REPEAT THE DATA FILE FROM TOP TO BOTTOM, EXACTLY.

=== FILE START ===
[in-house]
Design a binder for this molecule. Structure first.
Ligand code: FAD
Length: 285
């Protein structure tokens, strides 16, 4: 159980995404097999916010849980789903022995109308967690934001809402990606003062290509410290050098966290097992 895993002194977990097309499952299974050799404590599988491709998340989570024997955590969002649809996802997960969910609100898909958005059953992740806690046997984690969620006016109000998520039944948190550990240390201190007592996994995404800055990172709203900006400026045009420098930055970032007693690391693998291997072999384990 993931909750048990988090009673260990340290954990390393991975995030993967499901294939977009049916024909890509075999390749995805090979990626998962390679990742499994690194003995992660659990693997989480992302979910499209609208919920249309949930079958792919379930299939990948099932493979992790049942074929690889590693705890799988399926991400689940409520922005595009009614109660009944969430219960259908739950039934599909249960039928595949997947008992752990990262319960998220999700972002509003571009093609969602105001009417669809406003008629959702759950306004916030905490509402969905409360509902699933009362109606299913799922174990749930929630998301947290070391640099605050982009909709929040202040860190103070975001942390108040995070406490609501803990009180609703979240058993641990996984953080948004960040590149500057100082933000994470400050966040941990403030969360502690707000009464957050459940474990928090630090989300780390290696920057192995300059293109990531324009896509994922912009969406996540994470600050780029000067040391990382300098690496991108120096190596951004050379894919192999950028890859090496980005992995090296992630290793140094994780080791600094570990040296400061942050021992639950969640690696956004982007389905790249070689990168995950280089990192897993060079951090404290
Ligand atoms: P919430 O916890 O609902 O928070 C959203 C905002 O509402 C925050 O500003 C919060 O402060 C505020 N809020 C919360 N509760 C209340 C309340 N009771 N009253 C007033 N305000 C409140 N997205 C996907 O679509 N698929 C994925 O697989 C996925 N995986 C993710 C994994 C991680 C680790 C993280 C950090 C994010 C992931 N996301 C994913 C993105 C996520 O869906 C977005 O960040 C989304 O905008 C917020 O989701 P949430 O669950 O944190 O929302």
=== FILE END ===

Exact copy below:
[in-house]
Design a binder for this molecule. Structure first.
Ligand code: FAD
Length: 285
């Protein structure tokens, strides 16, 4: 159980995404097999916010849980789903022995109308967690934001809402990606003062290509410290050098966290097992 895993002194977990097309499952299974050799404590599988491709998340989570024997955590969002649809996802997960969910609100898909958005059953992740806690046997984690969620006016109000998520039944948190550990240390201190007592996994995404800055990172709203900006400026045009420098930055970032007693690391693998291997072999384990 993931909750048990988090009673260990340290954990390393991975995030993967499901294939977009049916024909890509075999390749995805090979990626998962390679990742499994690194003995992660659990693997989480992302979910499209609208919920249309949930079958792919379930299939990948099932493979992790049942074929690889590693705890799988399926991400689940409520922005595009009614109660009944969430219960259908739950039934599909249960039928595949997947008992752990990262319960998220999700972002509003571009093609969602105001009417669809406003008629959702759950306004916030905490509402969905409360509902699933009362109606299913799922174990749930929630998301947290070391640099605050982009909709929040202040860190103070975001942390108040995070406490609501803990009180609703979240058993641990996984953080948004960040590149500057100082933000994470400050966040941990403030969360502690707000009464957050459940474990928090630090989300780390290696920057192995300059293109990531324009896509994922912009969406996540994470600050780029000067040391990382300098690496991108120096190596951004050379894919192999950028890859090496980005992995090296992630290793140094994780080791600094570990040296400061942050021992639950969640690696956004982007389905790249070689990168995950280089990192897993060079951090404290
Ligand atoms: P919430 O916890 O609902 O928070 C959203 C905002 O509402 C925050 O500003 C919060 O402060 C505020 N809020 C919360 N509760 C209340 C309340 N009771 N009253 C007033 N305000 C409140 N997205 C996907 O679509 N698929 C994925 O697989 C996925 N995986 C993710 C994994 C991680 C680790 C993280 C950090 C994010 C992931 N996301 C994913 C993105 C996520 O869906 C977005 O960040 C989304 O905008 C917020 O989701 P949430 O669950 O944190 O929302």